In re Interest of Keisha G.

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In re Interest of Keisha G.

Caselaw No.
21 Neb. App. 472
Filed on
Tuesday, December 3, 2013


SUMMARY: Since the rights advisement at adjudication didn’t include termination of parental rights as a possible consequence, 43-292(6) cannot be a ground for termination. The evidence didn’t support the remaining TPR ground because there was no showing how the father’s prior drug use made him unfit to parent.
 

Keisha, DOB 10/10, was removed from the mother’s home on September 19, 2011. The mother eventually relinquished her parental rights. The father, Michael, was incarcerated at the time and never had custody of Keisha. On February 8, 2012, Michael entered a no contest plea and Keisha was adjudicated under N.R.S. 43-247(3)(a). Prior to entering his plea, Michael was advised of his rights but was not advised that termination of parental rights was a possible consequence. A dispositional hearing was held on March 29, 2012, and on June 25, 2012, the State and the Guardian ad Litem filed a motion to terminate Michael’s parental rights consistent with N.R.S. 43-292(4) and (6). Trial was held on November 8, 2012. Evidence established that Michael, age 27, had many drug and alcohol offenses prior to Keisha’s birth and was arrested in June 2012 for possession of marijuana and generic form of Vicodin but had not been convicted. Michael also tested positive for THC in September 2012 and there was testimony from a CASA that he admitted to intravenous drug use after the proceedings started. On November 26, 2012, the juvenile court terminated Michael’s parental rights pursuant to N.R.S. 43-292(4) and (6). Michael appealed.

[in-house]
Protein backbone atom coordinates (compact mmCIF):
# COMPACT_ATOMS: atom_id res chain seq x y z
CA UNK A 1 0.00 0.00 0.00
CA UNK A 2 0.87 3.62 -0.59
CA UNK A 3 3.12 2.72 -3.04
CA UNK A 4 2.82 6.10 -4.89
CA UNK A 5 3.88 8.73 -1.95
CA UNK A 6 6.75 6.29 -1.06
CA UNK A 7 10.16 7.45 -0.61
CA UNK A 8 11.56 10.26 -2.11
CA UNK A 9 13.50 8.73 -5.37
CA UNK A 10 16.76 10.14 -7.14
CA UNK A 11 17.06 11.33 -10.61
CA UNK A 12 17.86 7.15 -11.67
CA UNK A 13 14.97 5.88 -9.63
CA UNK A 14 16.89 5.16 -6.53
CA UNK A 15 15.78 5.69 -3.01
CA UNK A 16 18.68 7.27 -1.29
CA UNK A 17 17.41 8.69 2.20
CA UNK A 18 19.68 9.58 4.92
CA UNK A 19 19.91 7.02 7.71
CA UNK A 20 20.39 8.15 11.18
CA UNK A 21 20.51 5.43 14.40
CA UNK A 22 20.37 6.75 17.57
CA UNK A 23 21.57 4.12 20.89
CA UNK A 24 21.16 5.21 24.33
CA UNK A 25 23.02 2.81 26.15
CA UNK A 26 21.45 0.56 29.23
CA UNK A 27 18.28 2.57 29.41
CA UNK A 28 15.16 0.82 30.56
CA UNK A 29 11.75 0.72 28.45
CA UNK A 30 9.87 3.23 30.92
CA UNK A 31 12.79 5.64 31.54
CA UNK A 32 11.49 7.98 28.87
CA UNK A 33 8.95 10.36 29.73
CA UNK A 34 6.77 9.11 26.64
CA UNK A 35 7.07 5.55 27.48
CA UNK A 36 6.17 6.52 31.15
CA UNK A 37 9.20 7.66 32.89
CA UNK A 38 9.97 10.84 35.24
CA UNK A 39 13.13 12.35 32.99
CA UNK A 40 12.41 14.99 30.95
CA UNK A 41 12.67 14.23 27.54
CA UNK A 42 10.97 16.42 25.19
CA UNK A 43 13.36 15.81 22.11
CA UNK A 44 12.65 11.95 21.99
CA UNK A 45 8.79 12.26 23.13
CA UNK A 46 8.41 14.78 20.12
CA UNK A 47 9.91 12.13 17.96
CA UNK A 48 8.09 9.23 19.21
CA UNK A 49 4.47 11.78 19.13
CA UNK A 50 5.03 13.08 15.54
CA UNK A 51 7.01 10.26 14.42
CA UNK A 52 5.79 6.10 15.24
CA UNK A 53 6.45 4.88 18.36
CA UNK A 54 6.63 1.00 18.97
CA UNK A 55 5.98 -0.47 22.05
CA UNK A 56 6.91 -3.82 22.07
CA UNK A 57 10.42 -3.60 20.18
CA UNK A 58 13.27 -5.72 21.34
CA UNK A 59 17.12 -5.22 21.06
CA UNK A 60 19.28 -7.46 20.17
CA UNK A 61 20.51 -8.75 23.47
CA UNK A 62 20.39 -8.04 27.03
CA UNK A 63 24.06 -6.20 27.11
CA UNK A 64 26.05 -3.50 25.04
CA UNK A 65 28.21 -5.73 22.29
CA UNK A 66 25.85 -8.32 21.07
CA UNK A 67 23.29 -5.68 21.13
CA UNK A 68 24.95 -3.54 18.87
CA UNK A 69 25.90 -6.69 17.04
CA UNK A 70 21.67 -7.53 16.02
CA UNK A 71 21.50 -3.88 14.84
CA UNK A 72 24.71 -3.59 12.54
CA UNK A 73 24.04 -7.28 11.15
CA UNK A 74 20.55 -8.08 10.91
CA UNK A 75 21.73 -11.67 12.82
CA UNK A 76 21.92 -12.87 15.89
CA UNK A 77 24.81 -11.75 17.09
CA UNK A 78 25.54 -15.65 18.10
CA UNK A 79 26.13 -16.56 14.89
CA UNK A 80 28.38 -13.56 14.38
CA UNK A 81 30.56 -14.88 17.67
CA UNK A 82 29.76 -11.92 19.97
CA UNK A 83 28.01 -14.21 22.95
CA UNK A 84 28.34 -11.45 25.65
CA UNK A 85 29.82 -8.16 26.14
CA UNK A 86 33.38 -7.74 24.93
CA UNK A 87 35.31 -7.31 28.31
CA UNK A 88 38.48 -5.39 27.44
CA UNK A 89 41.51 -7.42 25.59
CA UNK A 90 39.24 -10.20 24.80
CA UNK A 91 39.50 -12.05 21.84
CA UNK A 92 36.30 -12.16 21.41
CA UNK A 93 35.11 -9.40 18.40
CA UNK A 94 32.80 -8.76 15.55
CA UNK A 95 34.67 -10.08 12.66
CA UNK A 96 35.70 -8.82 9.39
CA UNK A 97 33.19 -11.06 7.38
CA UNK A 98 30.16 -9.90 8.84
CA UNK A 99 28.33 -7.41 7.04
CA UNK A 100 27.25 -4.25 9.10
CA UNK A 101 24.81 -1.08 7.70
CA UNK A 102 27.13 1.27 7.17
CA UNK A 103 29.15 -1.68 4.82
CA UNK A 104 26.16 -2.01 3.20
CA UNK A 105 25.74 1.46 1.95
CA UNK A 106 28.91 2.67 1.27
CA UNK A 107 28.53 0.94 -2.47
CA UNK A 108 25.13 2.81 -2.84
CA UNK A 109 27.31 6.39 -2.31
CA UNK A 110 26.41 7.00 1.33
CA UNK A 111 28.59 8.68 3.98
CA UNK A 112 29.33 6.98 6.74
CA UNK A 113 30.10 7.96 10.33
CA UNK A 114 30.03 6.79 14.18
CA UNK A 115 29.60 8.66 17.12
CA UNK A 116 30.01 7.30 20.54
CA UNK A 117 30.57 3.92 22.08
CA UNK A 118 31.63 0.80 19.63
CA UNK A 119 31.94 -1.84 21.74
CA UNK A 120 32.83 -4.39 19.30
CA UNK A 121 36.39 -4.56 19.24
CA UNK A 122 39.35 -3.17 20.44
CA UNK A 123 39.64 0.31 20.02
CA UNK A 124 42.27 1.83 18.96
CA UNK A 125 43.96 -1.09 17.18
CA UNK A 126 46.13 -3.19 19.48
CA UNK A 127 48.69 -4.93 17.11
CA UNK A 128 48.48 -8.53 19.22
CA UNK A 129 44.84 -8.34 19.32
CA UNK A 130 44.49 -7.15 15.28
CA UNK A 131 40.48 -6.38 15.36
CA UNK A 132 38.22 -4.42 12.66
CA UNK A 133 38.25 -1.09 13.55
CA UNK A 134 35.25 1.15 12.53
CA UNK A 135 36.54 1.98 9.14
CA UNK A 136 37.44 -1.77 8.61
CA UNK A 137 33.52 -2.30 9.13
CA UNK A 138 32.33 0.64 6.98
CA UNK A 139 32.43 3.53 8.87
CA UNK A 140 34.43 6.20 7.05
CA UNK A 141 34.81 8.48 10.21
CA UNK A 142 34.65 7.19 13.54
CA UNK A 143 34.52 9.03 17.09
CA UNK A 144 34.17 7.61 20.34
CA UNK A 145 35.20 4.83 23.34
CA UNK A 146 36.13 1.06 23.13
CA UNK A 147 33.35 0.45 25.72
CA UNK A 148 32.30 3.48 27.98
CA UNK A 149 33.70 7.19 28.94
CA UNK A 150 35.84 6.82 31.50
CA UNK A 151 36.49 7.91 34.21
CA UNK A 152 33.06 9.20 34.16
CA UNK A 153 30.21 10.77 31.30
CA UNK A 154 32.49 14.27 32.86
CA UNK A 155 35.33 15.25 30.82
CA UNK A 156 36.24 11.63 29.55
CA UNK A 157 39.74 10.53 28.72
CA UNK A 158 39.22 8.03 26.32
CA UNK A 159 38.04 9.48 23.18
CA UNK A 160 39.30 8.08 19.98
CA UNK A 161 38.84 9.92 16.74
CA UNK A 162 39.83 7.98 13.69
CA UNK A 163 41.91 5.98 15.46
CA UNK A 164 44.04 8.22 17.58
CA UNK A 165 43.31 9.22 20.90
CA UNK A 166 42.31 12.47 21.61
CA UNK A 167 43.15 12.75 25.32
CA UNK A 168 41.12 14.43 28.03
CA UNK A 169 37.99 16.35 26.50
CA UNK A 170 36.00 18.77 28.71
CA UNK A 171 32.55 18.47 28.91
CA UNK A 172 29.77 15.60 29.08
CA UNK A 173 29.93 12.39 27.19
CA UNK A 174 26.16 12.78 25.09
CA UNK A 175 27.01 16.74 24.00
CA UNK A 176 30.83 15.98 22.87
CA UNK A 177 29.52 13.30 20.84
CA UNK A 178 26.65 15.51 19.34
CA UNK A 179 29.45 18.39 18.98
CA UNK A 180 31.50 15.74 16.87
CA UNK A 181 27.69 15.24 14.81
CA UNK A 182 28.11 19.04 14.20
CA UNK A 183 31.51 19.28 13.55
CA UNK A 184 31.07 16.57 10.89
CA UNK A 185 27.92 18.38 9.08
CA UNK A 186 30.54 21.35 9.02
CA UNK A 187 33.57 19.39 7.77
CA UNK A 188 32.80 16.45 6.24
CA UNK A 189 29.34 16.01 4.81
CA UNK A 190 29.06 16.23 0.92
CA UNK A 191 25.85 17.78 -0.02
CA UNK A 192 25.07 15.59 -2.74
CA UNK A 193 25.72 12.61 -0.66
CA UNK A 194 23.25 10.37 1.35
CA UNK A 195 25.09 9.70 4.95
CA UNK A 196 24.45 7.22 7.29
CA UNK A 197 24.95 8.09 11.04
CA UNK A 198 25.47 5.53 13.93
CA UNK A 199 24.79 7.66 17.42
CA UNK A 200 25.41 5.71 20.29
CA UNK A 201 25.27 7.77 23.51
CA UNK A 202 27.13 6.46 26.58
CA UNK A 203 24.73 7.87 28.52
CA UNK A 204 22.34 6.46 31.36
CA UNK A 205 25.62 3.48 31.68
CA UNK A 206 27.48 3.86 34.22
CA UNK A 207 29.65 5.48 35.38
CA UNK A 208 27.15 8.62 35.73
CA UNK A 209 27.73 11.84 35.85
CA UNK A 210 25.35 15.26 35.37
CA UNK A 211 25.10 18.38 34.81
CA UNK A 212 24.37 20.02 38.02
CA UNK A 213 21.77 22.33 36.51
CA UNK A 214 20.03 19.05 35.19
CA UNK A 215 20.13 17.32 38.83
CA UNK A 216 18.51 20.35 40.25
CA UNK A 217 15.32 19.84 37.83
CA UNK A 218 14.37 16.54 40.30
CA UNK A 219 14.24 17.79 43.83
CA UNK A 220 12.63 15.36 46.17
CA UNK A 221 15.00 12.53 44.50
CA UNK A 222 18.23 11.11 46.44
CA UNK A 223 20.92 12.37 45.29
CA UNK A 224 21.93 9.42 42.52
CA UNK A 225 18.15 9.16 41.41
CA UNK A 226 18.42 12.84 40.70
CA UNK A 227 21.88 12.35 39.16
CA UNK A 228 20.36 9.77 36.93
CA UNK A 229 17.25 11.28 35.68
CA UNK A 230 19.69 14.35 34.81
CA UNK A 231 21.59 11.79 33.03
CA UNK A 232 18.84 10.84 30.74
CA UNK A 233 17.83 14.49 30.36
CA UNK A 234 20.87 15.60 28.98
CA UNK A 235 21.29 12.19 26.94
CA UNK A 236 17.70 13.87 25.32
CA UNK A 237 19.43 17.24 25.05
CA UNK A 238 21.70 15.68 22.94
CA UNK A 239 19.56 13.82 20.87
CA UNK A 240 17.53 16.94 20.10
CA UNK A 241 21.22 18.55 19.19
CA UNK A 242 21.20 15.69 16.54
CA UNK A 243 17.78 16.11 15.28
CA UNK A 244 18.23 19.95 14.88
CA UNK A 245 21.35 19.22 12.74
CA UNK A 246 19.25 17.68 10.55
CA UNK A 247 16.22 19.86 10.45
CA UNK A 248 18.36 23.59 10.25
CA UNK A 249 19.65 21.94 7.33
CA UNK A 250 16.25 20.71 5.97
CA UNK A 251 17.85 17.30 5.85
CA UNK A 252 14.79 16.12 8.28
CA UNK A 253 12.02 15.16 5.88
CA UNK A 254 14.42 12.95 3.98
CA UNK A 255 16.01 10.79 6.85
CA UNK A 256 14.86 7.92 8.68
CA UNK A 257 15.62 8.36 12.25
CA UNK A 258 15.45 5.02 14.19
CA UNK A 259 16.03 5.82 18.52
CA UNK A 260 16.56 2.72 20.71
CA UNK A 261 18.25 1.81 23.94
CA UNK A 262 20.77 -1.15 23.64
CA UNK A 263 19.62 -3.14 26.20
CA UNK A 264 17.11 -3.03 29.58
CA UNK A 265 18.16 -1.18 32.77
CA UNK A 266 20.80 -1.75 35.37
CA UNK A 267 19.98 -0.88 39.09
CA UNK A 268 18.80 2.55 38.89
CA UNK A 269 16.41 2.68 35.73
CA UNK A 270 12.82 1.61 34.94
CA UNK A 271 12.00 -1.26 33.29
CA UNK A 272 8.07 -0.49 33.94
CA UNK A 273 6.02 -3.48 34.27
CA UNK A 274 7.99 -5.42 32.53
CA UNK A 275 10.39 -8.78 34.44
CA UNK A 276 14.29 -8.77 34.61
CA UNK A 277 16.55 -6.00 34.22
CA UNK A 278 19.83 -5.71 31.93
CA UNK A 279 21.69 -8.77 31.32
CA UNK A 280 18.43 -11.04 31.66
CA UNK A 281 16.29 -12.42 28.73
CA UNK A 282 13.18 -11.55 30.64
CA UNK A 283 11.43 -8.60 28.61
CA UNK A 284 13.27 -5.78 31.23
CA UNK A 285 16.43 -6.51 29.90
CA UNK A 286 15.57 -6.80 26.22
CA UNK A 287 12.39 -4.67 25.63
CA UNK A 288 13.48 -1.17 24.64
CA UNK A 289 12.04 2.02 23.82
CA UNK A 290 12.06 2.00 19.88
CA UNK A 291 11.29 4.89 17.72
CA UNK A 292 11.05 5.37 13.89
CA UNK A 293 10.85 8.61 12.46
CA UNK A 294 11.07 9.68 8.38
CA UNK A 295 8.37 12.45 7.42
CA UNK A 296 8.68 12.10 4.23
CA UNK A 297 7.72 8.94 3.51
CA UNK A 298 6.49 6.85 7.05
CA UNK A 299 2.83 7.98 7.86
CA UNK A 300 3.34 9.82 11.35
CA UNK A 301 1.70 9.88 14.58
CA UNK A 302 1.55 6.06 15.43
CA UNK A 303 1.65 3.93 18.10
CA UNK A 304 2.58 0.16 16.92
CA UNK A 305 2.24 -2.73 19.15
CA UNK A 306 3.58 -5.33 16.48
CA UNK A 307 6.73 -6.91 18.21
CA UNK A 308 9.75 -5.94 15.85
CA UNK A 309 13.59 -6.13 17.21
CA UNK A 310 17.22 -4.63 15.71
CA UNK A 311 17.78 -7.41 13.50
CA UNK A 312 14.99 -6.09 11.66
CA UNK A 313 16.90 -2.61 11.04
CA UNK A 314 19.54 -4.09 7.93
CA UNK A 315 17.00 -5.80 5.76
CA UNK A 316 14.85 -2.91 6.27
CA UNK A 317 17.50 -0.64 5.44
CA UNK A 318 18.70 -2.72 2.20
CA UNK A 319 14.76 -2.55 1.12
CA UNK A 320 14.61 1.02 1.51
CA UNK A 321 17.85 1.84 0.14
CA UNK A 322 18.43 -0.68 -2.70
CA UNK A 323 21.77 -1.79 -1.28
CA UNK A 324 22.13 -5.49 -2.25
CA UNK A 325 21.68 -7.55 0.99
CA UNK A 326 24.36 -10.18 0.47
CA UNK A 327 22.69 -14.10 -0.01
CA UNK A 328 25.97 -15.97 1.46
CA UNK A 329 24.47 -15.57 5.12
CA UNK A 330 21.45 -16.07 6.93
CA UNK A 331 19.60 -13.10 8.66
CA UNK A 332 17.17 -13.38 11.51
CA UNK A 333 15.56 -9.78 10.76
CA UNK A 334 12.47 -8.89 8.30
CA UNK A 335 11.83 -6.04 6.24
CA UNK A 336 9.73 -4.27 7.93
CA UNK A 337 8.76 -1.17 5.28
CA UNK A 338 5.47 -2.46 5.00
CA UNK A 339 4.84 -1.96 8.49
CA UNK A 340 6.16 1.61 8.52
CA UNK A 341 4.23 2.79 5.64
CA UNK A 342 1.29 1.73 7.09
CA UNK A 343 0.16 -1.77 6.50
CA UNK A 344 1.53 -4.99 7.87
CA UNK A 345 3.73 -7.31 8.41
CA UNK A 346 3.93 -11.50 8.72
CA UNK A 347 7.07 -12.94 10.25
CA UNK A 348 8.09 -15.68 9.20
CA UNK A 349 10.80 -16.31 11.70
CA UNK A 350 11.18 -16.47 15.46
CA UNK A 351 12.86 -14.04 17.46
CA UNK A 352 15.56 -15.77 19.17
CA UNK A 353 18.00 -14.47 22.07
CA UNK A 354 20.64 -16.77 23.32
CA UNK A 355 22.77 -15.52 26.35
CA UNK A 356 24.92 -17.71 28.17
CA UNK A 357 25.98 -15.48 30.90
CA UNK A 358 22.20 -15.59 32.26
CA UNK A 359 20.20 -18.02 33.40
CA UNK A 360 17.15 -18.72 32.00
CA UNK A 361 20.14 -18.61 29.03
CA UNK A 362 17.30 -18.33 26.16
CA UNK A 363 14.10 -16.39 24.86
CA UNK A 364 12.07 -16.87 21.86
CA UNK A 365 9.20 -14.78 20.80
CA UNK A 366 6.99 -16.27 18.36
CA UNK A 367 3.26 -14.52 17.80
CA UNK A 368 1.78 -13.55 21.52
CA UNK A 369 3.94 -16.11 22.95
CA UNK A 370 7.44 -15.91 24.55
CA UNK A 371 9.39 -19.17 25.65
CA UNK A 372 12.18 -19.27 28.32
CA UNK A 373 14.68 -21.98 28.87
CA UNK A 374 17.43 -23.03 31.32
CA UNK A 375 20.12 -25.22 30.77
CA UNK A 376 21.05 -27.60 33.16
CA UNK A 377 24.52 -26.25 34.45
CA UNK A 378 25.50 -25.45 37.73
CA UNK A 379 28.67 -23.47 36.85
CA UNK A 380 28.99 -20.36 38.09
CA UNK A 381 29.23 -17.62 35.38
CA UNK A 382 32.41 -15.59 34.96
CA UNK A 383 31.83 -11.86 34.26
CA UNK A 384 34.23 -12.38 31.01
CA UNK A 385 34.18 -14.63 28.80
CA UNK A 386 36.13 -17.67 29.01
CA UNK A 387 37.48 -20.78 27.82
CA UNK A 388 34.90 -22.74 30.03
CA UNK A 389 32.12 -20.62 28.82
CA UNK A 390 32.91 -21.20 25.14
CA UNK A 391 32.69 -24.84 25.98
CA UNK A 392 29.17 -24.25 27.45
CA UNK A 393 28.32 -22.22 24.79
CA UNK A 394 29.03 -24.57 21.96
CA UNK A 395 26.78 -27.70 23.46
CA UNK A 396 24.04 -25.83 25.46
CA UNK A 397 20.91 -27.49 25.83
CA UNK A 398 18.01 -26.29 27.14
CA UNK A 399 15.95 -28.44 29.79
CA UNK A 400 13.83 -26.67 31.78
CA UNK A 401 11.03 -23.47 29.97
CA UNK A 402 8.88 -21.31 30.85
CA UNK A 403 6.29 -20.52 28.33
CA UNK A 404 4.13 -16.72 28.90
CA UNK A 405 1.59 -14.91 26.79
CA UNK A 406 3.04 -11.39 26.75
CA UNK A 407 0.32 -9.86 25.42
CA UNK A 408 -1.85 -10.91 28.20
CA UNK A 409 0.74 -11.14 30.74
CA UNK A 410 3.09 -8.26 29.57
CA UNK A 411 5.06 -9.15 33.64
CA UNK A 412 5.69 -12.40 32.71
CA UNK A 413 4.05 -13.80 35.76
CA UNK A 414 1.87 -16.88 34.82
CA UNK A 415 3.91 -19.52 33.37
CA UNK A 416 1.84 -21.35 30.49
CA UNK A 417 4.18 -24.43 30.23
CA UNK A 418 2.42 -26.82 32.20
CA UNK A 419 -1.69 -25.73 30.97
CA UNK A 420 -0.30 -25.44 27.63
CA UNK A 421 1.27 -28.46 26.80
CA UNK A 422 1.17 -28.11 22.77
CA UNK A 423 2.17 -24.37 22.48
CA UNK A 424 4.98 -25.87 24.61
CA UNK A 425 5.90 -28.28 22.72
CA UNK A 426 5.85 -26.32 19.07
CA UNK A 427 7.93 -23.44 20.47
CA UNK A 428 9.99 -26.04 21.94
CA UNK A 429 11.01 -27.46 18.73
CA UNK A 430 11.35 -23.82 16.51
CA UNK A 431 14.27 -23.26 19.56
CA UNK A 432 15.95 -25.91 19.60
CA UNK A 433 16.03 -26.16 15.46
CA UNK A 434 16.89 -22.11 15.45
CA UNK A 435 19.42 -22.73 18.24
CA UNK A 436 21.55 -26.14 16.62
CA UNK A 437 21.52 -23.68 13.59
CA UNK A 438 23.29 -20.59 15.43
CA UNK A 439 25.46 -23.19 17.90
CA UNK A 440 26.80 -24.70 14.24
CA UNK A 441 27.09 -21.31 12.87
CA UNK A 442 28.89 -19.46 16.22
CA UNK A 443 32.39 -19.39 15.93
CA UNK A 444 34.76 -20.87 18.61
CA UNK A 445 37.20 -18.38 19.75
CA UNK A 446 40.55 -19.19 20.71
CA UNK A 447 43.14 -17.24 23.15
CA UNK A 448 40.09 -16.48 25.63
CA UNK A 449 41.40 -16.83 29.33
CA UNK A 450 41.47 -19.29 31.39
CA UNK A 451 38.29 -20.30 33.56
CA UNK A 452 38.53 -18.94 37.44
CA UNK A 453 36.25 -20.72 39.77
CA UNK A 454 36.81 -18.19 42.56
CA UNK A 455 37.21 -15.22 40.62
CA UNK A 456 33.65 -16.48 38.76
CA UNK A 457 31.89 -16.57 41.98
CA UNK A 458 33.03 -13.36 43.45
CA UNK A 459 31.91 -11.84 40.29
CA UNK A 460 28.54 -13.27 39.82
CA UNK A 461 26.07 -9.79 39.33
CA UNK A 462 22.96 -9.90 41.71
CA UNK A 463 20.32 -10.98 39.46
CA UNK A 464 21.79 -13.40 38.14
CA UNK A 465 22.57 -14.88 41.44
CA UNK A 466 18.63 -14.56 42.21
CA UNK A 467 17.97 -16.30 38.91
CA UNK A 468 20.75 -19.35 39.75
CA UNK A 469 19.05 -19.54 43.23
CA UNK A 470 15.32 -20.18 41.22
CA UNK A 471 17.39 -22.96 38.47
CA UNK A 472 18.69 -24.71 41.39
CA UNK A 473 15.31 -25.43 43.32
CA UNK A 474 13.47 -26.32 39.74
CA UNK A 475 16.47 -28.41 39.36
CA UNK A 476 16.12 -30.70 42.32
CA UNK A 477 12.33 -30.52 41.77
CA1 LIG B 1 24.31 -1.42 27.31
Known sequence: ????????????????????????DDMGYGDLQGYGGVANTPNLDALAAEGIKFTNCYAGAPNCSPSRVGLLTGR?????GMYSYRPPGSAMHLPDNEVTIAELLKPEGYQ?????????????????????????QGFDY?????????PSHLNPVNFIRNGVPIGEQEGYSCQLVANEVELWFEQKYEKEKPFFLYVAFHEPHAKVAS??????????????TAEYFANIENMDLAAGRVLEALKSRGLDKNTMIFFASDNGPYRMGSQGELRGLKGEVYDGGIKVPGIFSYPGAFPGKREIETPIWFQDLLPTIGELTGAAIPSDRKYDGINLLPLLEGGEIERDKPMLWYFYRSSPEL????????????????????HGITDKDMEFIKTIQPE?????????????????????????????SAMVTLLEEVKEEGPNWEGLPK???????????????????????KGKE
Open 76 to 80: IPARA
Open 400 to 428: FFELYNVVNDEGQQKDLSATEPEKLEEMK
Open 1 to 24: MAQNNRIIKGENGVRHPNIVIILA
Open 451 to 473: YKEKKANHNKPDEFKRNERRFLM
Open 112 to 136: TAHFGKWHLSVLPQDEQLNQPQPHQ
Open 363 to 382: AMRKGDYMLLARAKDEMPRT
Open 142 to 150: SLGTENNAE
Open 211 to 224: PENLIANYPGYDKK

The Nebraska Court of Appeals reversed the termination of parental rights. It noted that for terminations falling under 43-292(6), N.R.S. 43-279.01(1) requires that the court “shall” inform the parties of possible consequences of the proceedings, including termination of parental rights. In this case, the court advised Michael of his rights but not the possible consequence of termination. N.R.S. 43-292(6) cannot, therefore, be a later ground for termination, and the Court of Appeals thus treated the case as being one with no prior adjudication and only looked at 43-292(4) as a ground for termination (after finding that the rights advisement was sufficient enough to do so). As to sufficiency of the evidence under 43-292(4), the Court of Appeals noted that most of the evidence around Michael’s alcohol and drug use was in a time period prior to Keisha’s birth. There was one arrest in June 2012 where Michael was in possession of marijuana and a generic form of Vicodin but he had not yet been convicted. The Court of Appeals cited In re Interest of Carrdale H., 18 Neb. App. 350, 781 N.W.2d 622 (2010)(finding that drug possession alone can’t be sole ground for adjudication without a showing of the connection to risk of harm to the child) and found a similar circumstance here. The Court of Appeals noted a few other incidents but stated there was no showing how those incidents were detrimental to Keisha (citing a few cases requiring the nexus with the conduct and the risk of harm). It concluded that there was not clear and convincing evidence that Michael’s drug use made him unfit to parent Keisha and that termination was therefore improper.